Download original document: “Effecten van windturbines op de fauna in Vlaanderen

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Date added:  July 18, 2007
Belgium, Siting, WildlifePrint storyE-mail story

Wind turbines and birds in Flanders

Author:  Everaert, Joris; and Kuijken, Eckhart

The average number of collision fatalities in different European wind farms on land varies between a few birds up to 64 birds per turbine per year (Langston and Pullan 2003; Everaert 2006a; Everaert 2007; see Table 1). Also within one wind farm, the impact can strongly differ between individual turbines (Everaert et al. 2002; Everaert & Stienen 2006), clearly showing that ‘site selection’ can play an important role in limiting the number of collision fatalities. …

Study results clearly show that reasonable amounts of birds and bats can collide with wind turbines. An exhaustive study before the selection of future locations is a key factor to avoid deleterious impacts of wind farms on birds and bats.

Cumulative negative impacts with an increasing amount of wind turbines must be taken into account (Langston & Pullan 2003). This especially is developing along fixed bird migration corridors (coasts, mountain passes). More wind farms also means an extra pressure on top of the already existing sources of negative impact (powerlines, traffic etc.). In a densely populated region like Flanders, this degrades the total suitability for ecological functions such as the presence of bird and bat populations and the guarantee for regional or international migration routes. For the offshore situation, international cooperation will be necessary to determine the possible cumulative impact.

Download original document: “Wind turbines and birds in Flanders (Belgium)

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Date added:  November 16, 2006
Belgium, WildlifePrint storyE-mail story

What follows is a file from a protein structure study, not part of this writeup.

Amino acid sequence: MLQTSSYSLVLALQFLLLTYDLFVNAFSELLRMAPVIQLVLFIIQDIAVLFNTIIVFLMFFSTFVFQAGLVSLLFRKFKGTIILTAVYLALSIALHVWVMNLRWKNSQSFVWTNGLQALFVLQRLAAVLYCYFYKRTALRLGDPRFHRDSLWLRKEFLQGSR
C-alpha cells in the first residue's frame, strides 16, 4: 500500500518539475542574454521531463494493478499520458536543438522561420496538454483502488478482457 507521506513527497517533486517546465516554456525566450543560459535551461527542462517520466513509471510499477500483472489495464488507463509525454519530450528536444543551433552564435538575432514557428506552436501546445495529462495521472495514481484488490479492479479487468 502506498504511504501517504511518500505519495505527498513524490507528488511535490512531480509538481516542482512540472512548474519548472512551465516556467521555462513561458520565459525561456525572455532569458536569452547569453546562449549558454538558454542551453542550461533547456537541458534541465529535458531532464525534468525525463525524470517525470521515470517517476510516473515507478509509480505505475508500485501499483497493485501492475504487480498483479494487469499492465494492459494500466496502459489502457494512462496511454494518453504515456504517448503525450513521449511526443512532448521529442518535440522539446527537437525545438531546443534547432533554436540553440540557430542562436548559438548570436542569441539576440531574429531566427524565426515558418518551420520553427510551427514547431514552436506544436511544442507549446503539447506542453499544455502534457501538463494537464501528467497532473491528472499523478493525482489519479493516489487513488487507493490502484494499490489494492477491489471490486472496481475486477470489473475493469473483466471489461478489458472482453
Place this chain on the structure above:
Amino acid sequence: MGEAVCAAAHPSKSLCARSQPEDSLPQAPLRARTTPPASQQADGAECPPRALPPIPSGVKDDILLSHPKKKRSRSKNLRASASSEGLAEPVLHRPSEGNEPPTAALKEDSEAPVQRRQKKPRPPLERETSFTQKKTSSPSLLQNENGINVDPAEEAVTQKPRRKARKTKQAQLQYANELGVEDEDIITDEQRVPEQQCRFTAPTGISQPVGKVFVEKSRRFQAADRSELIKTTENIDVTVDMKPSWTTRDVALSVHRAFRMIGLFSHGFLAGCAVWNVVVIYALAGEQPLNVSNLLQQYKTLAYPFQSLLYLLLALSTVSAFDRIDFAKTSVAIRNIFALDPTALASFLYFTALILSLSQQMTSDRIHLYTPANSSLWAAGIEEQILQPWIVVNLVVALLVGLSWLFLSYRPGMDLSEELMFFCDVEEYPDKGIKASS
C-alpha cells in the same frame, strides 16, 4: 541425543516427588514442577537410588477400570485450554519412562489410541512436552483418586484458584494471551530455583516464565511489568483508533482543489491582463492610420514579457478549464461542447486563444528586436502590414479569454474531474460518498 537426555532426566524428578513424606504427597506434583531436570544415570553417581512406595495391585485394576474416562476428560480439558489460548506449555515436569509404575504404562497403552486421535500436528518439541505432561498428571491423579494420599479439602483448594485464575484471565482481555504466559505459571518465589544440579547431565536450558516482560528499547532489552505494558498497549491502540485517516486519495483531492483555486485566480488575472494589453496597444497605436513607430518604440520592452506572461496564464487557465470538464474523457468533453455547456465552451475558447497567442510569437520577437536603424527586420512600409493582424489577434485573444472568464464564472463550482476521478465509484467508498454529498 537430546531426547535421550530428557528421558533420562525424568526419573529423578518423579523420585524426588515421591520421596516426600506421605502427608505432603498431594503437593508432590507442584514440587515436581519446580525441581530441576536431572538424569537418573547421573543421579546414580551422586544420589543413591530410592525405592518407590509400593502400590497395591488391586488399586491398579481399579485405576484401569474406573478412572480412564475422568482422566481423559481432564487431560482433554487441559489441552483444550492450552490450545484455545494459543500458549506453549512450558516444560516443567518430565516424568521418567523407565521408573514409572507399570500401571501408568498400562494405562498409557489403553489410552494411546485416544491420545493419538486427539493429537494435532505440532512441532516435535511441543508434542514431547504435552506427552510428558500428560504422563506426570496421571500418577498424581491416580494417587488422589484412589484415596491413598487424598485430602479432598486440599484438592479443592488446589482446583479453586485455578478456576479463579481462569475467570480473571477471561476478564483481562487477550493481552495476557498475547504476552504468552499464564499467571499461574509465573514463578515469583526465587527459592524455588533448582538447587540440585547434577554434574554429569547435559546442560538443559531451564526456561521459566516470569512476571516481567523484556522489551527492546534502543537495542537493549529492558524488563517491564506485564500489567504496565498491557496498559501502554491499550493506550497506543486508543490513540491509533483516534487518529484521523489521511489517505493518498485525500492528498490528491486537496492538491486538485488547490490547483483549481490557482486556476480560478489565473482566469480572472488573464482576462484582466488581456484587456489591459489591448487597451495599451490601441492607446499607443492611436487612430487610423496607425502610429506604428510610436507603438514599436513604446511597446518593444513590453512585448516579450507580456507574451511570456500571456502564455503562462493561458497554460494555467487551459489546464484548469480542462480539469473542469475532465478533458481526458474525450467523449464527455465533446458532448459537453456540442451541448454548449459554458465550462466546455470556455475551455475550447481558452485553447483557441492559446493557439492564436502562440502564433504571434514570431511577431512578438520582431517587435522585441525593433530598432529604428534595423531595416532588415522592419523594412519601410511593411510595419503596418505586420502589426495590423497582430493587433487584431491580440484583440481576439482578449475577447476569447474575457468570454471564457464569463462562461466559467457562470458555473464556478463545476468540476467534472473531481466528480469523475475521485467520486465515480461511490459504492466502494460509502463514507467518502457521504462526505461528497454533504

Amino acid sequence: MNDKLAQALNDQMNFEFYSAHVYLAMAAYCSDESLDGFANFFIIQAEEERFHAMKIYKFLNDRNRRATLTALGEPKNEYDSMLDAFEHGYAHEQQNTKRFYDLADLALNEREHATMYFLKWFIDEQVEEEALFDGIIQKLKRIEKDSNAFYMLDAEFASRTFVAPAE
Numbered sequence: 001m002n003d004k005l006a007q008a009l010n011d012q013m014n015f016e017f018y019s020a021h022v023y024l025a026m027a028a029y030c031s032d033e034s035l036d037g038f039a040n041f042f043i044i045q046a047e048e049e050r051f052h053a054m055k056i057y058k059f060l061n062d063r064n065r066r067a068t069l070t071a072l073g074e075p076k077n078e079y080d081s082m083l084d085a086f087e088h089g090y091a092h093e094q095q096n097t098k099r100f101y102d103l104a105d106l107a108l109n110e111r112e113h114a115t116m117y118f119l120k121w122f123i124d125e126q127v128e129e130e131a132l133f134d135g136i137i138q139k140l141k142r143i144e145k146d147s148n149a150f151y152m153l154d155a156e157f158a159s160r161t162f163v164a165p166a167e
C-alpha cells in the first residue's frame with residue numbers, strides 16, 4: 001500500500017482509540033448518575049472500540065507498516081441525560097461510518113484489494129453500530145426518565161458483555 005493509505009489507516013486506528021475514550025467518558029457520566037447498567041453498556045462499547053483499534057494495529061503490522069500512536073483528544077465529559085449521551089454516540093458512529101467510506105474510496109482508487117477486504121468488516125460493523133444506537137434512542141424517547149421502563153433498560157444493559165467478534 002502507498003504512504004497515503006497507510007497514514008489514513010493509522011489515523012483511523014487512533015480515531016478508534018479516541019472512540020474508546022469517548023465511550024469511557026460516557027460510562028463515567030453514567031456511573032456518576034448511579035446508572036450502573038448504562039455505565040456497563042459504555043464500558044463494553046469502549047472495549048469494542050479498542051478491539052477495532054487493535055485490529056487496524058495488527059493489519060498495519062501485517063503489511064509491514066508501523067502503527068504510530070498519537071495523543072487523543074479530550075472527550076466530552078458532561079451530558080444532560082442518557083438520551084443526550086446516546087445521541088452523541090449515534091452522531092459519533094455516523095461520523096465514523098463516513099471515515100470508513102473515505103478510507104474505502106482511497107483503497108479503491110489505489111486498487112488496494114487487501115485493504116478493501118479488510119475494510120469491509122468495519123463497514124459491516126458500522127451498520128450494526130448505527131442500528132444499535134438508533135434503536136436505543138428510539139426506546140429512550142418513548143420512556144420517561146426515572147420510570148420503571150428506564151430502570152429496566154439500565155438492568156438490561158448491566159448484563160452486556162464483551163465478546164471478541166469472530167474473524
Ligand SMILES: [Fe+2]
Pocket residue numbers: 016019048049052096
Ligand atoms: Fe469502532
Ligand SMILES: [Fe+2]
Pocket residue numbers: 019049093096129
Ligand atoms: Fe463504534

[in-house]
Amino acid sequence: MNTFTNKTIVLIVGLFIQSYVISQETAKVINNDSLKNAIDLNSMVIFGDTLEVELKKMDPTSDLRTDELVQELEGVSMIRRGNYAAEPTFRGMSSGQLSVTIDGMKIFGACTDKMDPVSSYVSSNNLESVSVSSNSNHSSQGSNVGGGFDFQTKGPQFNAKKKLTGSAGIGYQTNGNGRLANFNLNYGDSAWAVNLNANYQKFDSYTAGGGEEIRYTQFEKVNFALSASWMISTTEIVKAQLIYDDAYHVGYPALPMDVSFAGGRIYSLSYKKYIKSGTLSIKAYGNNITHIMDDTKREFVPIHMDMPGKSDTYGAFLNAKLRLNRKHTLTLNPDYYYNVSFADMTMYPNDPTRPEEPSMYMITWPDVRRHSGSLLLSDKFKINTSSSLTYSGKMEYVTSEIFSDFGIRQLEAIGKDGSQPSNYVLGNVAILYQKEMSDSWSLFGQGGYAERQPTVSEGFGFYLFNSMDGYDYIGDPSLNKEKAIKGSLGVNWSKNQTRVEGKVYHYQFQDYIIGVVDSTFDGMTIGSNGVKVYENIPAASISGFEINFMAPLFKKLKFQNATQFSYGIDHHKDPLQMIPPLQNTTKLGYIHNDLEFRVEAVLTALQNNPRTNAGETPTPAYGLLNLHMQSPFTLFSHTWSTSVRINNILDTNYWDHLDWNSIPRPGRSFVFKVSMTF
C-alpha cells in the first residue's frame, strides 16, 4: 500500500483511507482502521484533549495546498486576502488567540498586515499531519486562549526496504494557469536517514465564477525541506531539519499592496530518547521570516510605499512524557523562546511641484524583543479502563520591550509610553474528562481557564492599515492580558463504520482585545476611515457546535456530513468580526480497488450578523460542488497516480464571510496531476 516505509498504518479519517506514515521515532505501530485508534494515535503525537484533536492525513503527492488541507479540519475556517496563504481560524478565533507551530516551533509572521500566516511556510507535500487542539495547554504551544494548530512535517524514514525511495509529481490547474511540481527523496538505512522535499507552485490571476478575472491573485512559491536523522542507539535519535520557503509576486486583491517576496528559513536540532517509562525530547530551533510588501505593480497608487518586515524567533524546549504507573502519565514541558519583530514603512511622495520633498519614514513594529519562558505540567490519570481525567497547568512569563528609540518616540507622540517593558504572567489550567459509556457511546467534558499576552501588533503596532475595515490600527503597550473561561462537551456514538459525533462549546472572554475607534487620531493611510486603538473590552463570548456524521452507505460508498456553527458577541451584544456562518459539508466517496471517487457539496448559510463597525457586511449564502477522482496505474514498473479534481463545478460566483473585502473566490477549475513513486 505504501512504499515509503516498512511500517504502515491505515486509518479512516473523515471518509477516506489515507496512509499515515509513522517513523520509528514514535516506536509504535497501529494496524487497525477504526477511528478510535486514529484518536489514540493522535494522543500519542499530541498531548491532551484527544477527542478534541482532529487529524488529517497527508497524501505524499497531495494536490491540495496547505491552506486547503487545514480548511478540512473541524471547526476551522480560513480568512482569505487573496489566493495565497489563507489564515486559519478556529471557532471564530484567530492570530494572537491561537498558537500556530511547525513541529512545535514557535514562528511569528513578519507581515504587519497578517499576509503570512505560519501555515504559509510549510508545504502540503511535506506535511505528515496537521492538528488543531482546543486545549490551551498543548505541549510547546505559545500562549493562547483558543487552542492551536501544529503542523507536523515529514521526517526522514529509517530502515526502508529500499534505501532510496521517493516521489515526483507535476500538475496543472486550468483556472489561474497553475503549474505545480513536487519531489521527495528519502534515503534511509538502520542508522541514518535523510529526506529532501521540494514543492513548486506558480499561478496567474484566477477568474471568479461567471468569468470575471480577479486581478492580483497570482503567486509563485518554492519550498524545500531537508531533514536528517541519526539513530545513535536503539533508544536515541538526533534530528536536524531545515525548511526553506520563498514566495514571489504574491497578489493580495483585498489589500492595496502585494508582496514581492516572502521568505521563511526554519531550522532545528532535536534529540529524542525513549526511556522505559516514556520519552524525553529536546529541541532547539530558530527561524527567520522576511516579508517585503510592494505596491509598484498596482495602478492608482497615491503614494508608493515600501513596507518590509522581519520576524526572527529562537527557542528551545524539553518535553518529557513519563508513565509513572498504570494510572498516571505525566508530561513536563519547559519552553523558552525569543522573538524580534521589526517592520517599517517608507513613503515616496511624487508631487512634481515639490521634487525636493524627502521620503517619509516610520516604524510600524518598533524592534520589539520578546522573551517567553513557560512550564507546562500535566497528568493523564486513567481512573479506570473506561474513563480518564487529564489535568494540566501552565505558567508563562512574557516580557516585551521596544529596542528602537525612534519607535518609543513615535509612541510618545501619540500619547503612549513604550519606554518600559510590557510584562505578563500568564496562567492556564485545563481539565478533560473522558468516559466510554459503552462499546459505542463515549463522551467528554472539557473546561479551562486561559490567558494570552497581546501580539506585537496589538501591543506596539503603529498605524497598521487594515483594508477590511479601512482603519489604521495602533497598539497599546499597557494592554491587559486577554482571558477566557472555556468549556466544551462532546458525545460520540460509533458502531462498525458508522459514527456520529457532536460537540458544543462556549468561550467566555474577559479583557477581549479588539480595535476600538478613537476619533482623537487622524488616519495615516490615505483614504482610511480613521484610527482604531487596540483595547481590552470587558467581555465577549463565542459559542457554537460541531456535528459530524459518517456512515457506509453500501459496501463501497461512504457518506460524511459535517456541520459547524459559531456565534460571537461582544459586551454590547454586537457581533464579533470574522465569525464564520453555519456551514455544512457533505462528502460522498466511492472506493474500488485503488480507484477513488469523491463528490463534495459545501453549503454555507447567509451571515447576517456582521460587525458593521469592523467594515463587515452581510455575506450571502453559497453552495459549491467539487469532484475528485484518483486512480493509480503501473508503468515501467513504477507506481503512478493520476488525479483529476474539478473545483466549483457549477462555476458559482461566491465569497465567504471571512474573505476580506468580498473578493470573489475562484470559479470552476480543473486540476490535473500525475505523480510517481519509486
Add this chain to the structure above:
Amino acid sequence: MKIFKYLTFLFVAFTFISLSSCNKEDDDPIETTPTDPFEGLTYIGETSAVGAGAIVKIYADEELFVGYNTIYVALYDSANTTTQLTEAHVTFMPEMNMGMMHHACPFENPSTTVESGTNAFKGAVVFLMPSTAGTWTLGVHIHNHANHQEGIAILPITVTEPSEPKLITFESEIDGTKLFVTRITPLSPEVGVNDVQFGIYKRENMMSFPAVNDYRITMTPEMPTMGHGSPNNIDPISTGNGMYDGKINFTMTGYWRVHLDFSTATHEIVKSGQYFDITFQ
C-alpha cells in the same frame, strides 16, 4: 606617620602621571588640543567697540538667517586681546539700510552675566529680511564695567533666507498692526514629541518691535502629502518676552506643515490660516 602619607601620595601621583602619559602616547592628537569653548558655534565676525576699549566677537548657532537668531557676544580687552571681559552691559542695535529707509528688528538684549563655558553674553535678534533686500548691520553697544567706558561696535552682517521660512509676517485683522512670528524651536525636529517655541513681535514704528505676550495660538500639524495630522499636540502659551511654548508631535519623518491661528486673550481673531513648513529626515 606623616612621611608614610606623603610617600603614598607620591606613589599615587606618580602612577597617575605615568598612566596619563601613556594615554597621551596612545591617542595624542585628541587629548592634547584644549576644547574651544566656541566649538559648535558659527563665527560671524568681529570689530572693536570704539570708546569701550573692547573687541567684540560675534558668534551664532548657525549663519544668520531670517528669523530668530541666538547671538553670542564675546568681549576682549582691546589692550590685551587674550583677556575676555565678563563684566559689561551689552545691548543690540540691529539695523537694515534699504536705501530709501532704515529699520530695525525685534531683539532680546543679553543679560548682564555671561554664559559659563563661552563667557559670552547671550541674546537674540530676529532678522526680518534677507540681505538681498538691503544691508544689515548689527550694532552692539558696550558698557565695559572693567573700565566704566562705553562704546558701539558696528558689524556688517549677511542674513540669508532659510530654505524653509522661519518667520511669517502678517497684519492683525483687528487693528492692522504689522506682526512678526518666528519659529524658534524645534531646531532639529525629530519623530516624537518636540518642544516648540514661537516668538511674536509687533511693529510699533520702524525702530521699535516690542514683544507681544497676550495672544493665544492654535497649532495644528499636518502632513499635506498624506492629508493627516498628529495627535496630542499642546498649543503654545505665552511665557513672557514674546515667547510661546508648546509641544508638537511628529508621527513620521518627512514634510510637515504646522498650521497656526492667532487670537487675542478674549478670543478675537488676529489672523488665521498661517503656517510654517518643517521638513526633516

Impact of wind turbines on birds in Zeebrugge (Belgium)

Author:  Everaert, Joris; and Stienen, Eric

Published in Biodiversity and Conservation, November 2006

Abstract: We studied the impact of a wind farm (line of 25 small to medium sized turbines) on birds at the eastern port breakwater in Zeebrugge, Belgium, with special attention to the nearby breeding colony of Common Tern Sterna hirundo, Sandwich Tern Sterna sandvicensis and Little Tern Sterna albifrons. With the data of found collision fatalities under the wind turbines, and the correction factors for available search area, search efficiency and scavenging, we calculated that during the breeding seasons in 2004 and 2005, about 168 resp. 161 terns collided with the wind turbines located on the eastern port breakwater close to the breeding colony, mainly Common Terns and Sandwich Terns. The mean number of terns killed in 2004 and 2005 was 6.7 per turbine per year for the whole wind farm, and 11.2 resp. 10.8 per turbine per year for the line of 14 turbines on the sea-directed breakwater close to the breeding colony. The mean number of collision fatalities when including other species (mainly gulls) in 2004 and 2005 was 20.9 resp. 19.1 per turbine per year for the whole wind farm and 34.3 resp. 27.6 per turbine per year for 14 turbines on the sea-directed breakwater. The collision probability for Common Terns crossing the line of wind turbines amounted 0.110-0.118% for flights at rotor height and 0.007-0.030% for all flights. For Sandwich Tern this probability was 0.046-0.088% for flights at rotor height and 0.005-0.006% for all flights. The breeding terns were almost not disturbed by the wind turbines, but the relative large number of tern fatalities was determined as a significant negative impact on the breeding colony at the eastern port breakwater (additional mortality of 3.0-4.4% for Common Tern, 1.8-6.7% for Little Tern and 0.6-0.7% for Sandwich Tern). We recommend that there should be precautionary avoidance of constructing wind turbines close to any important breeding colony of terns or gulls, nor should artificial breeding sites be constructed near wind turbines, especially not within the frequent foraging flight paths.

Download original document: “Impact of wind turbines on birds in Zeebrugge